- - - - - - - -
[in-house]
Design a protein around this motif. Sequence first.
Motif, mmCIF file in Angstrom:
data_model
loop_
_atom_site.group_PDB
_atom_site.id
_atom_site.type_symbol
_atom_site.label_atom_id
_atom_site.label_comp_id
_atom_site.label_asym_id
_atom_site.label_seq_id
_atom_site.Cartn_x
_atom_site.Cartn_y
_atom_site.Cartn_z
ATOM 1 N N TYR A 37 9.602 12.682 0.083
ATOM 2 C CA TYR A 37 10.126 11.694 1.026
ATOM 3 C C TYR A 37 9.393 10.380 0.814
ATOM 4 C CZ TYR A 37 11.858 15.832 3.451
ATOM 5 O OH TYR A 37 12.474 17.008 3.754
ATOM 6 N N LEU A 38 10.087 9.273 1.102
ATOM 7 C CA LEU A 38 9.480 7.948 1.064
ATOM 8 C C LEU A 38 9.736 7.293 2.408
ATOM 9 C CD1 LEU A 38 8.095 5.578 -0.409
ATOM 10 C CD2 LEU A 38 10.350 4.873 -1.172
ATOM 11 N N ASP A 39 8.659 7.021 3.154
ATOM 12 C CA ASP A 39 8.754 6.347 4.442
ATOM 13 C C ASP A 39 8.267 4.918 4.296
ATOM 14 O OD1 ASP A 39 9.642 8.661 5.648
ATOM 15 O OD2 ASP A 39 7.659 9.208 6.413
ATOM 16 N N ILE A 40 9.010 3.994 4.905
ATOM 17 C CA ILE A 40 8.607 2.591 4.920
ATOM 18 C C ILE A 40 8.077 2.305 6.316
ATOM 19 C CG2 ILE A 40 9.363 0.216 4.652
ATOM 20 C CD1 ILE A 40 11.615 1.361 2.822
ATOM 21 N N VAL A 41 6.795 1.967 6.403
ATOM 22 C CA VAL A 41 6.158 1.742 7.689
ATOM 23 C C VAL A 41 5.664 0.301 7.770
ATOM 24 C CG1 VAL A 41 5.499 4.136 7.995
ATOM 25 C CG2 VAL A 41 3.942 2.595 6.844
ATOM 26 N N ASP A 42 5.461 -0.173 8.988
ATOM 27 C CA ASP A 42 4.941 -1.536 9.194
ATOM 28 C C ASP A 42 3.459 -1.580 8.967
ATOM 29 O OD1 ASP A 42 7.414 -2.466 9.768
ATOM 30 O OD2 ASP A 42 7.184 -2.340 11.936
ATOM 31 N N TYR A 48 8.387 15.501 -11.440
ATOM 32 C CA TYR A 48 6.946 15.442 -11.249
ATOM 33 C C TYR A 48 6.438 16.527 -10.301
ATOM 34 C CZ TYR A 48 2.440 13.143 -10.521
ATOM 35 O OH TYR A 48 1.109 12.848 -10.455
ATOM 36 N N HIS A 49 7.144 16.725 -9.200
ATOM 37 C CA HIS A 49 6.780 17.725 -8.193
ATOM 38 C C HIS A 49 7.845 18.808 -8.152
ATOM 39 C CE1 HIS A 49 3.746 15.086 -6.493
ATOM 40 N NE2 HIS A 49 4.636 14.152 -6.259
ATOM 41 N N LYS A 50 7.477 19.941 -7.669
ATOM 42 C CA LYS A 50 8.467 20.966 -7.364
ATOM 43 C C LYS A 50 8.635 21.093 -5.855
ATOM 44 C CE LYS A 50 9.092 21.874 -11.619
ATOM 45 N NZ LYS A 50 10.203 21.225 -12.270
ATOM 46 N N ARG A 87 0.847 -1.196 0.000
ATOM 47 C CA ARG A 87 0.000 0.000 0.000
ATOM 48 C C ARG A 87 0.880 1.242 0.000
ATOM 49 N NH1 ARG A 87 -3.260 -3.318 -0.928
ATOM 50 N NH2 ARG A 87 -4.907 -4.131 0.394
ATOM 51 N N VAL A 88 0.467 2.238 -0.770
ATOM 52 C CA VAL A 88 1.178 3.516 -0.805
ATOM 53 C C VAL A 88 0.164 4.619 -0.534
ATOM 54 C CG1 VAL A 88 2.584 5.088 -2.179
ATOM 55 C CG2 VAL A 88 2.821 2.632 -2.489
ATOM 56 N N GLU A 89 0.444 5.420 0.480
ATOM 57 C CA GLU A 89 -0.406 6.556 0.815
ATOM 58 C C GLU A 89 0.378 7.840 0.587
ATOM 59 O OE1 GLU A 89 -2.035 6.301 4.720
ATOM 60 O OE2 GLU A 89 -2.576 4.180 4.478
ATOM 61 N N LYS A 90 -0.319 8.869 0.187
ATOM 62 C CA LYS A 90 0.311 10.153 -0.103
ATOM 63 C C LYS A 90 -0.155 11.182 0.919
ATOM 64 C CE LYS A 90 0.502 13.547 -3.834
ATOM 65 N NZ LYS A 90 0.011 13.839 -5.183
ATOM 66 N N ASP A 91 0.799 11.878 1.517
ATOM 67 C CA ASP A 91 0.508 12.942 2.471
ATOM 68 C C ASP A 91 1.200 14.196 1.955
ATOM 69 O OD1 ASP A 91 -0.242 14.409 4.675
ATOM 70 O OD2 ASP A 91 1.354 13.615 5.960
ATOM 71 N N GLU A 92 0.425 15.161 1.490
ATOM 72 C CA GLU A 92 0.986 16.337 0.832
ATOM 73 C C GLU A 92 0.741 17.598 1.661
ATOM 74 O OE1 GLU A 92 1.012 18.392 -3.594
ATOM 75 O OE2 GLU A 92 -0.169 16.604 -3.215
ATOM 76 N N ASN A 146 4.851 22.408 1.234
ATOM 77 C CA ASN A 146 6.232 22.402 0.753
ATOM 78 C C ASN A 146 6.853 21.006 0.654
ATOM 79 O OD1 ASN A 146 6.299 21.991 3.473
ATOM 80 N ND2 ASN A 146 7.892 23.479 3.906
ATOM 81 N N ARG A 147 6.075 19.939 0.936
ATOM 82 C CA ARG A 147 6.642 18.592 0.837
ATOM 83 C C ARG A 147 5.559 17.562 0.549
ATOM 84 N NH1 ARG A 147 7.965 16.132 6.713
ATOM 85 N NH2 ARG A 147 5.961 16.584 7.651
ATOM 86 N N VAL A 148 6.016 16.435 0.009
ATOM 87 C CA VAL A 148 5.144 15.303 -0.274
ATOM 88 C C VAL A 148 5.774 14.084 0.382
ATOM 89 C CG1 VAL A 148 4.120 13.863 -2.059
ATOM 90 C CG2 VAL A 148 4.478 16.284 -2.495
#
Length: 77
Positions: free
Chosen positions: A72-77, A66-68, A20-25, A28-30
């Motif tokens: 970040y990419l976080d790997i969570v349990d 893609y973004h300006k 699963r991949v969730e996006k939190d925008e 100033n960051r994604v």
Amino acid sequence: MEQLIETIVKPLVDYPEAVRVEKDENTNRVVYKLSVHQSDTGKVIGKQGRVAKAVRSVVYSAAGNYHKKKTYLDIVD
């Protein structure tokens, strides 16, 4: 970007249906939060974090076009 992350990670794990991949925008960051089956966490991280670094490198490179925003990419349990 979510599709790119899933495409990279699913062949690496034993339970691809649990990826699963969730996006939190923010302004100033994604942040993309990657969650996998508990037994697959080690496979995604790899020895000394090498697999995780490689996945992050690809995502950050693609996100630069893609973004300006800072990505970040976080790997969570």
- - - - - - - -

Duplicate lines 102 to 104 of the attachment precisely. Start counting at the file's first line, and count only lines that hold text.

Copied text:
ATOM 87 C CA VAL A 148 5.144 15.303 -0.274
ATOM 88 C C VAL A 148 5.774 14.084 0.382
ATOM 89 C CG1 VAL A 148 4.120 13.863 -2.059